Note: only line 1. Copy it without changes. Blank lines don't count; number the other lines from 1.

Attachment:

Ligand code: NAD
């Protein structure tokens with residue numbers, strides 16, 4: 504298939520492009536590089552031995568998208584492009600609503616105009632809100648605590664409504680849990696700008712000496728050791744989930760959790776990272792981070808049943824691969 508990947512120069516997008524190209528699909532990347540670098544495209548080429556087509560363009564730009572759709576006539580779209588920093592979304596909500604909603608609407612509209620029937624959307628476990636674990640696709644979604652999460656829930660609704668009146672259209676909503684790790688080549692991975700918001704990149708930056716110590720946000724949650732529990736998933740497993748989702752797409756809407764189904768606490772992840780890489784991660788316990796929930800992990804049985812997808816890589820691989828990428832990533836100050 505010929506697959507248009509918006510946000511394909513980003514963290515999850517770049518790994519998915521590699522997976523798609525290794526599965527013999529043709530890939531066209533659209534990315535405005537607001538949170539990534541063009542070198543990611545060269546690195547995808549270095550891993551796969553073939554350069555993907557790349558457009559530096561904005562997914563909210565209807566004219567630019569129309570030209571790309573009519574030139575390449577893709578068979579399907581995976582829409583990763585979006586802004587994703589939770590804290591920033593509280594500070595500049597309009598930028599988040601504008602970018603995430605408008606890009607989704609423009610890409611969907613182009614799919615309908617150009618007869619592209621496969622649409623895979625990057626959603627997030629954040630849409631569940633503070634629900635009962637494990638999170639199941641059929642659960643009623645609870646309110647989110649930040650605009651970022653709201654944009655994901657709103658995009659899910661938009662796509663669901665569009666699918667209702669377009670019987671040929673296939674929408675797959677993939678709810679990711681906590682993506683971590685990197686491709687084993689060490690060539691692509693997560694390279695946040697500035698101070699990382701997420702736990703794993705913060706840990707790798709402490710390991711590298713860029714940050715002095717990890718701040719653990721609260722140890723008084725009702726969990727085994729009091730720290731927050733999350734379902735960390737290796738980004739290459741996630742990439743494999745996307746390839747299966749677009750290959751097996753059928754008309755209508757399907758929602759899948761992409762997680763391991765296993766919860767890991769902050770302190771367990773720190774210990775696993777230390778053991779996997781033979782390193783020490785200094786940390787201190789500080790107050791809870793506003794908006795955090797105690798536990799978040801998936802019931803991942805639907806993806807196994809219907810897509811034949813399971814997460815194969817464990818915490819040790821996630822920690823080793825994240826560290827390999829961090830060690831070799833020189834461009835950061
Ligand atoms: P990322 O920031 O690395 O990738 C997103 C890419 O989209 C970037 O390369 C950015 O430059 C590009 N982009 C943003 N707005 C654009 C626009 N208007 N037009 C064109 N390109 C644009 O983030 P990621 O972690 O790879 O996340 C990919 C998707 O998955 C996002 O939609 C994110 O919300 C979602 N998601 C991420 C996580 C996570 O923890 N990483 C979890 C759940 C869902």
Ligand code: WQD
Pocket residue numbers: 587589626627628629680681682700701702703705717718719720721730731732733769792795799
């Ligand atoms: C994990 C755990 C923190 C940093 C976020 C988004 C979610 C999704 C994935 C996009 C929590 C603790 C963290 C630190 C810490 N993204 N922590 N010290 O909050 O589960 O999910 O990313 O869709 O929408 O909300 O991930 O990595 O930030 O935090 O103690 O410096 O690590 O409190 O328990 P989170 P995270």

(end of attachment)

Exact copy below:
Ligand code: NAD